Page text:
must first lose all sense of my own being. Am I born to know every
species of misery? I have this moment received a second letter from the
Lady I once mentioned to you, filled with the softest and most
affecting expressions of disinterested tenderness: indiscreet from
excess of affection, she adjures me to meet her one moment in the
rustic temple, where she is waiting for me; her messenger is gone, and,
as I will not hazard exposing her by sending my servant, I have no
choice left but to go: Heaven knows how unwillingly! Should we be seen,
what an appearance would such a meeting have! I left Lady Julia to
write letters, and on that account excused myself from attending her:
yet can I leave her, whom love alone has made imprudent, to the
consequence of her indiscretion, and the wild sallies of a mind torn by
disappointment and despair! I will go: but how shall I behold her! how
tell her pity is all I can return to so generous a passion? These
trials are too great for a heart like mine, tender, sympathetic,
compassionate; and softened by the sense of it's own sufferings: I
shall expire with regret and confusion at her sight. Farewell.
To Colonel Bellville.
OUR party last night did not turn out so much in the still-life way
as I expected - unfortunate as I am - two rivals at once - la
bellissima Julia has most certainly a penchant for Harry - 'tis absurd,
for the thing is impossible. In the first place, I am rather afraid he
has a kind of attachment to this creature; and in the second, I know
Lord Belmont's sentiments on this head, and that, with all his
generosity, no man breathing has a greater aversion to unequal
marriages: the difference is so immense in every thing but birth and
merit, that there remains not a shadow of hope for her. But these
people of high heroics are above attending to such trifling things as
possibilities - I hope I am mistaken; but the symptoms are strong upon
her, as you shall judge.
I left you last night, to accompany Lady Julia to the wood we are
both so fond of: the evening was lovely beyond description, and we were
engaged in a very lively conversation; when, as we approached the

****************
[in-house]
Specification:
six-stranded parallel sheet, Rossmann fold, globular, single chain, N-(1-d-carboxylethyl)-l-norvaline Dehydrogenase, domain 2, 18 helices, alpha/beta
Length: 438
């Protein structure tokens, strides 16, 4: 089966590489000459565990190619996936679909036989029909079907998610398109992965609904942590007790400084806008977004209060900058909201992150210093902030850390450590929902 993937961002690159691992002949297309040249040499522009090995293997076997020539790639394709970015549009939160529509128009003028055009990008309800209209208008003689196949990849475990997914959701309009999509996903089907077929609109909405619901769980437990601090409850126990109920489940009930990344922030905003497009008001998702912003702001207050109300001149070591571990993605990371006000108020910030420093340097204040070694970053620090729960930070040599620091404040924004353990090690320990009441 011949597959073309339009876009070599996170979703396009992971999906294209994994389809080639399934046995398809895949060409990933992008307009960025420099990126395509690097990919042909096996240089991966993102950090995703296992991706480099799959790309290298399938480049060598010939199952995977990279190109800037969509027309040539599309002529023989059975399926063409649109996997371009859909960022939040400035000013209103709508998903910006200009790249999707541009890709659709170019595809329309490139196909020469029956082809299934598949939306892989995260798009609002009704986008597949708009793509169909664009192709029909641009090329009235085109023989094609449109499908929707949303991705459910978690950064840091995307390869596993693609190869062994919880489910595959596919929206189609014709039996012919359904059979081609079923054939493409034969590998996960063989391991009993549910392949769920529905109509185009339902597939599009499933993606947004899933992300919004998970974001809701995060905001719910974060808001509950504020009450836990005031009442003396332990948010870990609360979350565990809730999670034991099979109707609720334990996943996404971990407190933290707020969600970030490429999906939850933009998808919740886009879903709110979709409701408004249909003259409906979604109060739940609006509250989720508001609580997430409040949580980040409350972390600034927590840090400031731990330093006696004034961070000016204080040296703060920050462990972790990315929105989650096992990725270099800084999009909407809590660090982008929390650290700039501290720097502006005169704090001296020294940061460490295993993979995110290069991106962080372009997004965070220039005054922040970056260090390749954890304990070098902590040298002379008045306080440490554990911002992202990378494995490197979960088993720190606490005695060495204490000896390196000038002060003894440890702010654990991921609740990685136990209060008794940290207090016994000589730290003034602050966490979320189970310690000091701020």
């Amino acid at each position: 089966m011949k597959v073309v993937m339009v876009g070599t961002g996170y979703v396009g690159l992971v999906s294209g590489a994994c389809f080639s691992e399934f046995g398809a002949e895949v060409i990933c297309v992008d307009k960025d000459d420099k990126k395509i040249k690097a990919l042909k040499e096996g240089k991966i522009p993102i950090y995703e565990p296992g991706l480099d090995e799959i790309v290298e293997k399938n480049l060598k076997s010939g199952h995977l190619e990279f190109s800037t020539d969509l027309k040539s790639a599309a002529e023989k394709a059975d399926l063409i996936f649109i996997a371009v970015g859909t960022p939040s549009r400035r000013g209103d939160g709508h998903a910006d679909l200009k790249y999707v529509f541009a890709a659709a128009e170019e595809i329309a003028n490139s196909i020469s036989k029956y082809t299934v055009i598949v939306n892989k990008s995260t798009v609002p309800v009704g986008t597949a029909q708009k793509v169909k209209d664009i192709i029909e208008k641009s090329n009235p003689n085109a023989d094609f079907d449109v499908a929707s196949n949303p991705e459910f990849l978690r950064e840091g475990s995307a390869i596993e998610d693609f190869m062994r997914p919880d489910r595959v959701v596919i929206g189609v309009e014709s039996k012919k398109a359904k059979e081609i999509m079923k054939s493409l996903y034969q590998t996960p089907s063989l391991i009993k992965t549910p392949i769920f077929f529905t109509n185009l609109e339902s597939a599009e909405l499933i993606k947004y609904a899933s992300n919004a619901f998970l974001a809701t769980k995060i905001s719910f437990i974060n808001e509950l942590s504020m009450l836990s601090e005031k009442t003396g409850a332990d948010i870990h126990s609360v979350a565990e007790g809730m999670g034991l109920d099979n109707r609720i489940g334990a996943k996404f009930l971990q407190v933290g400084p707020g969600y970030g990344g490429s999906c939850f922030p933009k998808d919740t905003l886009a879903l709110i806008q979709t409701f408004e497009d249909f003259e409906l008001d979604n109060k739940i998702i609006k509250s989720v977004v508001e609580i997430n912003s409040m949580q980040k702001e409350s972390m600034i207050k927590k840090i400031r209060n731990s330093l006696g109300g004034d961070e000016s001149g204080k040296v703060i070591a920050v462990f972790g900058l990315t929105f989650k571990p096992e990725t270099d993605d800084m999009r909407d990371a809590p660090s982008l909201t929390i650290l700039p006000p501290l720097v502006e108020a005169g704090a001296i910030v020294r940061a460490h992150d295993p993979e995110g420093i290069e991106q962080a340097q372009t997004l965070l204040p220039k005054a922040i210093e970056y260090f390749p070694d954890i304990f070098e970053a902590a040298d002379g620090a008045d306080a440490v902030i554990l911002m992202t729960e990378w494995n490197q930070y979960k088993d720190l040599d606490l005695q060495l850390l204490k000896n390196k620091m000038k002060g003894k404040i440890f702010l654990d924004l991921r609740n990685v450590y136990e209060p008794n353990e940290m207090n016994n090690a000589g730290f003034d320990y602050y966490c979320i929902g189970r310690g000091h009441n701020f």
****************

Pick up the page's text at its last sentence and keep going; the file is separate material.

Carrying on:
temple, we saw Harry, who had just left us on pretence of writing
letters, come out of it with the detestable Westbrook leaning
familiarly on his arm, her pert eyes softened into languishment, and
fixed eagerly on his: the forward creature started at seeing us, and
attempted to fly, which Harry prevented, and, withdrawing his arm from
hers, as if mechanically, advanced slowly towards us, with a look so
confused, a mien so disordered, so different form that easy air which
gives ten thousand graces to the finest form in the world, as convinced
me that this meeting was not accidental. Lady Julia stopt the moment
she saw them; a deep blush overspread her face, she fixed her eyes on
the ground, and waited their approach silent and unmoved as a statue.
Not so the cit: the creature's assurance, and the ease with which she
recovered herself and addressed Lady Julia, excited equally my
astonishment and indignation. She told her, she came to wait on her
Ladyship, and the fineness of the evening had tempted her to leave her
coach at the entrance of the wood: that as she walked thro' she
happened to meet Mr. Mandeville, quite by chance she assured her
Ladyship; as he would testify. Harry disdain'd to confirm her falshood
even by an assenting look: his silence, the coldness of his manner,
with the air of dignity and spirit Lady Julia assumed, almost
disconcerted her: we walk'd silently to the house, where the girl only
stay'd till her coach was order'd round, and then left us; her eyes
ask'd Harry's attendance, but he chose not to understand their
This evening was the only unpleasant one I ever past at Belmont: a
reserve, unknown before in that seat of sincere friendship, took place
of the sweet confidence which used to reign there, and to which it owes
its most striking charms. We retired earlier than common; and Lady
Julia, instead of spending half an hour in my apartment, as usual, took
leave of me at the door and passed on to her own.
I am extremely alarmed for her - it would have been natural to have
talked over so extraordinary an adventure with me, if not too nearly
interested - There was a constraint in her behaviour to Harry all the
evening - an assumed coldness - his assiduity seemed to displease her -
she sighed often - nay once, when my eyes met hers, I observed a tear